For now, the judge has denied the defense motion, but the McDonnell decision could still benefit Menendez with the jury and, if he is convicted, in an appeal. And who knows how many future prosecutions will be frustrated — or not initiated in the first place — because of last year's misguided Supreme Court decision?

In his majority opinion in McDonnell vs. United States, Chief Justice John G. Roberts Jr. acknowledged that "this case is distasteful." That's an understatement. McDonnell and his family had accepted lavish gifts from a businessman named Jonnie Williams Sr., including a $6,500 Rolex watch for McDonnell and $15,000 in catering expenses for his daughter's wedding. For his part, McDonnell sought to arrange meetings for Williams with state officials and hosted a luncheon event for Williams' company at his official mansion — essentially a state-sponsored infomercial. The governor also talked up the advantages of Williams' product at a meeting called to discuss the state's health plan for its employees.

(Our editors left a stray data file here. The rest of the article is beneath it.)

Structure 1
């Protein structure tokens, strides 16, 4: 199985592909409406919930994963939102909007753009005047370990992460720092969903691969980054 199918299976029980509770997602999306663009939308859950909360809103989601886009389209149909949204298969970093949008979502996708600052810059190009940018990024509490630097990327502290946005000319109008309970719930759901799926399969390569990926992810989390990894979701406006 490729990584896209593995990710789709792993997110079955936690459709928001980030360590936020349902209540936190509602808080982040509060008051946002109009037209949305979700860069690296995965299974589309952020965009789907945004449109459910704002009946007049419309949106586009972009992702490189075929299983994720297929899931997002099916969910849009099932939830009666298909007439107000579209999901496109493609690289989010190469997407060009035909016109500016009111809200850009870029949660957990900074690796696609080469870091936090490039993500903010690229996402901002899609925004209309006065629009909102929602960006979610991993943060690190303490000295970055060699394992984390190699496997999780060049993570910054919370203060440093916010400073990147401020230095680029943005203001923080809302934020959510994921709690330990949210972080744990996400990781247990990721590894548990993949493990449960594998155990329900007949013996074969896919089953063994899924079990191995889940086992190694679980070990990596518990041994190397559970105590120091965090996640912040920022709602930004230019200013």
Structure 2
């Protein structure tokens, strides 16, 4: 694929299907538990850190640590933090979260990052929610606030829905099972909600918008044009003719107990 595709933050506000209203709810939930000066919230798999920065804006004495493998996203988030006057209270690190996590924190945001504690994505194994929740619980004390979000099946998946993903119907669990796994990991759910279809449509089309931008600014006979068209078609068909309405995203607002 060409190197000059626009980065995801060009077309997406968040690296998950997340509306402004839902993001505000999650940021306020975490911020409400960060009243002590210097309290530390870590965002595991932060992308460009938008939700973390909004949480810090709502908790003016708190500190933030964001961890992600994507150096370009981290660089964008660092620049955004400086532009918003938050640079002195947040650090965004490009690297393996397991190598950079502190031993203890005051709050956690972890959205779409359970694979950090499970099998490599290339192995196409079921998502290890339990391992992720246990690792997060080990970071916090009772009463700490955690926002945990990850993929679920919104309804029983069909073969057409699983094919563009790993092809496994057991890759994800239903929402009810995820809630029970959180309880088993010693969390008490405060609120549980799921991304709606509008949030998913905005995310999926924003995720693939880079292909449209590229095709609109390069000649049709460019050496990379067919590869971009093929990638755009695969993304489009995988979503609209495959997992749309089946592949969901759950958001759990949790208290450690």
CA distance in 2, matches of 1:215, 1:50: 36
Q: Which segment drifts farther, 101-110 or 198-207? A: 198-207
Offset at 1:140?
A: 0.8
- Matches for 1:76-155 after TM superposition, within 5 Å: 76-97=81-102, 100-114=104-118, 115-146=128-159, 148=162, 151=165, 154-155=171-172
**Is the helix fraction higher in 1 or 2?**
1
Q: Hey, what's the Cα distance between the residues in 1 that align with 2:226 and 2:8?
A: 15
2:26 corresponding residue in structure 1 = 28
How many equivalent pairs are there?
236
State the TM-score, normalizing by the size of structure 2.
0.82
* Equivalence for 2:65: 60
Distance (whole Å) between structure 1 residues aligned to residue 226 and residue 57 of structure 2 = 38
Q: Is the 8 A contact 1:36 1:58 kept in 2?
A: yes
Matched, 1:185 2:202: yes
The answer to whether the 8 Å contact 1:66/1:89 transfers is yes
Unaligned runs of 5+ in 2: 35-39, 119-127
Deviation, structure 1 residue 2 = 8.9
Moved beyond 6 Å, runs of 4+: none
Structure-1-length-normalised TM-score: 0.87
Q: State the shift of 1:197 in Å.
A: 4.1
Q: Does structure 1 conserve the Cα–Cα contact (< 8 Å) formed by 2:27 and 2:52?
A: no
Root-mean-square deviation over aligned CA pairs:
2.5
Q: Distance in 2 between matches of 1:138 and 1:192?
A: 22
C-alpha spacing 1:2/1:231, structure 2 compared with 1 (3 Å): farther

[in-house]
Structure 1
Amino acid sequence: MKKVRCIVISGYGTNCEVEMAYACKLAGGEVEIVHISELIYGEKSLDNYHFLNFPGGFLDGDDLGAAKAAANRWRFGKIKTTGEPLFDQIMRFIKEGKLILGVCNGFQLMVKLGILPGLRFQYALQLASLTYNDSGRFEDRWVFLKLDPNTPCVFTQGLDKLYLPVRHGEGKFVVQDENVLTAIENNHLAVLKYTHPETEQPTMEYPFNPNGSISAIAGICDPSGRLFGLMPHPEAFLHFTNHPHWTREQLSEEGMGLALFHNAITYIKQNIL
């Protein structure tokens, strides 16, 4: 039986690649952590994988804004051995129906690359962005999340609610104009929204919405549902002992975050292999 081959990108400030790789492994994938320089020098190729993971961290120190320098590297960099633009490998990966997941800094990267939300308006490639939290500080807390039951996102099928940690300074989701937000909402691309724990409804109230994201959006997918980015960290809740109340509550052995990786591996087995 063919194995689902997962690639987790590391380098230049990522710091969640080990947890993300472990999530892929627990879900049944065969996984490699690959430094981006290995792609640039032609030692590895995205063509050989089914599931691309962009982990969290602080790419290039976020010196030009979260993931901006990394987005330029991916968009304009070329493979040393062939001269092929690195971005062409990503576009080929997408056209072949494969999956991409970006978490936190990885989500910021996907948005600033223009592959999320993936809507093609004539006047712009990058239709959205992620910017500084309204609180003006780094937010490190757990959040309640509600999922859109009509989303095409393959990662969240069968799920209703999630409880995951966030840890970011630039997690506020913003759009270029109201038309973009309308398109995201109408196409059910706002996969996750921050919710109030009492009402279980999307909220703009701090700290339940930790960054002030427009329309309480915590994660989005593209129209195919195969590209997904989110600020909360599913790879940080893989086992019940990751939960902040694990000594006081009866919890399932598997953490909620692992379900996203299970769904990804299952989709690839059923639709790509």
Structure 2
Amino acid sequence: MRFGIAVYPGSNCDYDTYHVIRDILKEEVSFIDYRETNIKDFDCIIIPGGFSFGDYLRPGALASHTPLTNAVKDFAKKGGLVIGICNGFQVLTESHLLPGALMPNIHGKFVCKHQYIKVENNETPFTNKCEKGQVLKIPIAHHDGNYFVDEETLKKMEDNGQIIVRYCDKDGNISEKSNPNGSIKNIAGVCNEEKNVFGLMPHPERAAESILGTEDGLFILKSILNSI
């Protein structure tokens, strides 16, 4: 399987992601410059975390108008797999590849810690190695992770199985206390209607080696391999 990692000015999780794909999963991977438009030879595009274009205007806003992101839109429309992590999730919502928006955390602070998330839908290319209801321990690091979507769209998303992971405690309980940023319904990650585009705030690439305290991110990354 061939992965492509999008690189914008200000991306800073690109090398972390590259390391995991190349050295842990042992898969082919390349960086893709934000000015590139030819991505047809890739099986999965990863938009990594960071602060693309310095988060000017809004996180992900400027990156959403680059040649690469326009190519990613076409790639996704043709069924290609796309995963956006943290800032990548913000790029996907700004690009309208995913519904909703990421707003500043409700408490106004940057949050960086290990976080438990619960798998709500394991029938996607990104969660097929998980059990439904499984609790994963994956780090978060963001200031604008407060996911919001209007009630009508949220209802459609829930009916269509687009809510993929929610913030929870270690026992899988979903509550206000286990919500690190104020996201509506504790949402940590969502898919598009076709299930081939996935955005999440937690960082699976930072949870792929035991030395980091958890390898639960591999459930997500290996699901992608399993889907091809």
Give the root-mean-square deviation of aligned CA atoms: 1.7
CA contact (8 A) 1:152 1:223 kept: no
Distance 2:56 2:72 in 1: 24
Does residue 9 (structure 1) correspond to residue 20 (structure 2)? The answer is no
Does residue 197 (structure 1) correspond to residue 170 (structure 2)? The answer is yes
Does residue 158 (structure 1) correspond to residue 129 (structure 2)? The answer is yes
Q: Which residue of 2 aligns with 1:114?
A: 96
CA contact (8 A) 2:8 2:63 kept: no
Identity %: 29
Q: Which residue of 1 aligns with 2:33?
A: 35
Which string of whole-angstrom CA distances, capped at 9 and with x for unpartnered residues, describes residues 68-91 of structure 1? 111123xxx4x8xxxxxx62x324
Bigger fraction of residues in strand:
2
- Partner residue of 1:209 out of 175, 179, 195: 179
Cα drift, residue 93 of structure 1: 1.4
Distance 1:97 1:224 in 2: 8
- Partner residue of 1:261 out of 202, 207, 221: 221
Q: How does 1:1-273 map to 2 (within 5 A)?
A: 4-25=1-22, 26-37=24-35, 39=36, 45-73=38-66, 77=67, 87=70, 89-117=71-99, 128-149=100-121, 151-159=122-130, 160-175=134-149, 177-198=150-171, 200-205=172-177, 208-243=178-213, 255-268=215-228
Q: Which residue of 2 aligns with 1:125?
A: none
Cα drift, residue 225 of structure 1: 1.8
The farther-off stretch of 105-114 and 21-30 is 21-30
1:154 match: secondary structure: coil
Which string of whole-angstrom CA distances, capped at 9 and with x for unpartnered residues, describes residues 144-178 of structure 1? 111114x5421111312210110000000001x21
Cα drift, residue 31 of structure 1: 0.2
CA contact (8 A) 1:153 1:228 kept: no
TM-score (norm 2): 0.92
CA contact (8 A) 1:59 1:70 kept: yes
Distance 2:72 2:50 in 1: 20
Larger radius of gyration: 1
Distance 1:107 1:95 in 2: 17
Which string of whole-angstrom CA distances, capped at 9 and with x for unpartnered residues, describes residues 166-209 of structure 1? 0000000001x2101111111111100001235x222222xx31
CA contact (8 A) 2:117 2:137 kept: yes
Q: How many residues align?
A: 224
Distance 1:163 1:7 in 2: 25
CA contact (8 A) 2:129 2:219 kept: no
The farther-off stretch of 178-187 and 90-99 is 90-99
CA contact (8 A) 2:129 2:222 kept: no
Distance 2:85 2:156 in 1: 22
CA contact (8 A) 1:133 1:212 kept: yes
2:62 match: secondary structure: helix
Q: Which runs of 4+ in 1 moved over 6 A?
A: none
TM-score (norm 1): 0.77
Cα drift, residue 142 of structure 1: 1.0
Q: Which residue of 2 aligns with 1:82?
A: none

Common sense would suggest that those actions were "official acts" by the governor. But the court said: Not necessarily. "Setting up a meeting, hosting an event, or calling an official (or agreeing to do so) merely to talk about a research study or to gather additional information, however, does not qualify as a decision or action," Roberts wrote.

Roberts said that McDonnell's conviction had to be overturned, and the Justice Department eventually decided not to try McDonnell again.